5-year-old remains in intensive care with chlorine poisoning following pump malfunction at Pleasant Grove pool

PLEASANT GROVE, Utah — The family of a 5-year-old, who fell ill to chlorine poisoning following a pump malfunction at a local swimming pool, continues to undergo testing at the Pediatric Intensive Care Unit more than 24-hours after exposure.

In a room at the end of the hall in the Pediatric Intensive Care Unit at Timpanogos Regional Hospital, you will find 5-year-old Lucas Burnett, laying in a hospital bed with his mom and dad by his side.

“It was terrifying for us, we were downstairs and the next thing you know they’re like, he needs to go up to PICU right now,” said his mom, Amanda Burnett as she sat next to him on his bed.

Not even 24 hours ago Lucas Burnett, his mom and his three brothers and sisters, were enjoying a day of swimming at the Veterans Memorial Pool.

“It was a great day, we had fun, it was the first not rainy day,” Amanda Burnett said.

Everything seemed fine… until it wasn’t.

“I was confused, it was just utter chaos, kids were laying on the ground crying and I had no idea what happened,” Burnett said.

Within minutes, their day of fun turned into a day of chaos.

“Next thing you know we just see kids coughing and there’s foaming at the mouth and bloody noses, probably 20 or 30 kids that were just like out in the front coughing, wheezing and throwing up,” she continued.

Burnett said she had heard a lifeguard blow a whistle but was never told what was happening. She just started to locate her four kids and get them out of the water.

“Maybe an injury? Maybe someone pooped in the pool? We had no idea,” Burnett said.

According to the city, a chlorine pump had malfunctioned and shut down. When it was turned back on, chlorine that had been backed up in the pump was shot out into the water — people started noticing symptoms within seconds.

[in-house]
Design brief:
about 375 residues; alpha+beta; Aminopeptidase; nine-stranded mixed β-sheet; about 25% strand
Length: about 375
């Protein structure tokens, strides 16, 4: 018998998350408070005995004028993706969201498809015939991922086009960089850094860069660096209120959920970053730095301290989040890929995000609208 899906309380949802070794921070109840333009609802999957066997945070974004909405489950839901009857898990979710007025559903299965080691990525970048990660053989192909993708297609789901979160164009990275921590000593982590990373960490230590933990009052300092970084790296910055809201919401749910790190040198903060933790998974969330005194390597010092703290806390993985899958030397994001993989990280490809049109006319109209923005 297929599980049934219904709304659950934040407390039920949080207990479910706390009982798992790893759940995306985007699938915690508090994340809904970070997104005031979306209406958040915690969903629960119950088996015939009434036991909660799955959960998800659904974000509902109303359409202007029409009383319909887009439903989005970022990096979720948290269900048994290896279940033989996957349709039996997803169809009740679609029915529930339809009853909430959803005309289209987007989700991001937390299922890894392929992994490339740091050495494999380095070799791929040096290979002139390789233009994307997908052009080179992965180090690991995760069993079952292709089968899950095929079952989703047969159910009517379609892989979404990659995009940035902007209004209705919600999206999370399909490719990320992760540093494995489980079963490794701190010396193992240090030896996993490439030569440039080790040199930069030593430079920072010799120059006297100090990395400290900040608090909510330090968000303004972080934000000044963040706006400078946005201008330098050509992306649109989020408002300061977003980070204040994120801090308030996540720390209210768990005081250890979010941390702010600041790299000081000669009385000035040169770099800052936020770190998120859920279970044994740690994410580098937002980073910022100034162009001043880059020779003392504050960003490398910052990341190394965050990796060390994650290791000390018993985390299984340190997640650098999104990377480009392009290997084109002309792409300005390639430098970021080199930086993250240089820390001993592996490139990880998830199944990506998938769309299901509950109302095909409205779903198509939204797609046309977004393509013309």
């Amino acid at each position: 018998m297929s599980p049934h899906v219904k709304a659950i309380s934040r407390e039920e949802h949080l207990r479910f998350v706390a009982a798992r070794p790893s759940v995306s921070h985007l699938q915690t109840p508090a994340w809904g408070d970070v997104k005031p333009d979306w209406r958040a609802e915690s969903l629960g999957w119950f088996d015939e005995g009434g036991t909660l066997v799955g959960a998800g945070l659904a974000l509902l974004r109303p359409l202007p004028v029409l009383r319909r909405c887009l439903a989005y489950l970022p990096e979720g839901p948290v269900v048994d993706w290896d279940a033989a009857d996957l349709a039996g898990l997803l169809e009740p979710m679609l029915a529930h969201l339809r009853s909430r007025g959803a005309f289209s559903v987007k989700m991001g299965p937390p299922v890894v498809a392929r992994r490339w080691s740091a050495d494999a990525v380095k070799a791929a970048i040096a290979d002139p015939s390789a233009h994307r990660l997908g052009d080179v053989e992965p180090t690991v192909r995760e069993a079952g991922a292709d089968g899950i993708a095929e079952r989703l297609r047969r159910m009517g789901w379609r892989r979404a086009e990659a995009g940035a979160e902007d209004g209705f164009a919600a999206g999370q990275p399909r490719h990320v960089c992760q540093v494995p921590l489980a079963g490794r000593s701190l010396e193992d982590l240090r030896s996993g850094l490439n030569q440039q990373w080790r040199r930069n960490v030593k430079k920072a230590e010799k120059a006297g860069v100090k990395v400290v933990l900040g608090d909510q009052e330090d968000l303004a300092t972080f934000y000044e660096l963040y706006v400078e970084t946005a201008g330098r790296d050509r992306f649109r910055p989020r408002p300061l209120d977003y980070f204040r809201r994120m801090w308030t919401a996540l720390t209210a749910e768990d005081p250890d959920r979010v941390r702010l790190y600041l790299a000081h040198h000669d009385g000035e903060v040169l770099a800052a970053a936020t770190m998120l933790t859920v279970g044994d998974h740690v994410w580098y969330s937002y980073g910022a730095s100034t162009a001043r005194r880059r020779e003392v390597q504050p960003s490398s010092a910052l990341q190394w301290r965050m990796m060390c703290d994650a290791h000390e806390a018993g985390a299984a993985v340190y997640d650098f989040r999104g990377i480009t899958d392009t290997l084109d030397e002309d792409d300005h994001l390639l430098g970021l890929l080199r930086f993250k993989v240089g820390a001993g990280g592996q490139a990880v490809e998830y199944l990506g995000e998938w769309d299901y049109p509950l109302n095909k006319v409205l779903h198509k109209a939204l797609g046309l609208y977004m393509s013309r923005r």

“The initial symptoms are very rapid and onset and they start with the eye irritation, the respiratory irritation, the coughing, choking,” said Dr. Micah Smith, an emergency physician at Timpanogos Regional Hospital in Orem.

Burnett said there was a firefighter out front, telling people to go to one side if they had symptoms and the other if they didn’t; she didn’t think any of her kids were impacted.

“I looked at all of my kids and we were all symptom-free,” she said.

“I was like, ‘oh we’re safe, we’re safe,’ and then [Lucas] just drastically went down quick,” Burnett continued.

She said firefighters were spraying children down with hoses, once she saw her son declining she grabbed him and her daughter, who had a sore throat, and got into the area that was being hosed down.

“He’s just looking worse and worse, his eyes at this point were red underneath,” described Burnett.

She was advised to take him to the hospital, “we got him here as soon as possible, with four other kids in the ambulance.”

Given Lucas Burnett’s size, age and history of upper respiratory issues, he was hit hard.

“They started him immediately on breathing treatments, he did multiple breathing treatments,” Amanda Burnett said.

Lucas Burnett was among 26 people, mostly children, who were taken to area hospitals following the incident, but he was one of just a handful of children who had to go to the PICU.

“Children are always more sensitive to chemical exposures, it takes less to affect them adversely,” said Smith.

Smith said symptoms of chlorine poisoning will start to show within 6-hours of exposure.

Those who had low-to-mild exposure could exhibit symptoms of a dry cough, shortness of breath or difficulty exercising for a few days or weeks. Those with high exposure could face long term symptoms, such as asthma, emphysema or prolonged pulmonary treatments.

Lucas Burnett’s parents hope he will be able to return home tonight, but as of now, doctors don’t know how this will affect him long term.

“I’m a little nervous for his future, but he’s a fighter, huh Luke?” Amanda Burnett said as she looked at her son.

Still, Burnett and her husband maintain this scare won’t stop them from going to the pool again.

“It’s not something they could have foreseen that it would happen, it’s a freak accident and that’s why it’s named that,” Burnett said. “But it is something, as a mom, that I am a little bit more aware.”

The health department is conducting an investigation to see what went wrong.

The city does not know when Veterans Memorial Pool will reopen. The pump will need to be replaced and another inspection will need to be completed to ensure it is safe for the public once again.

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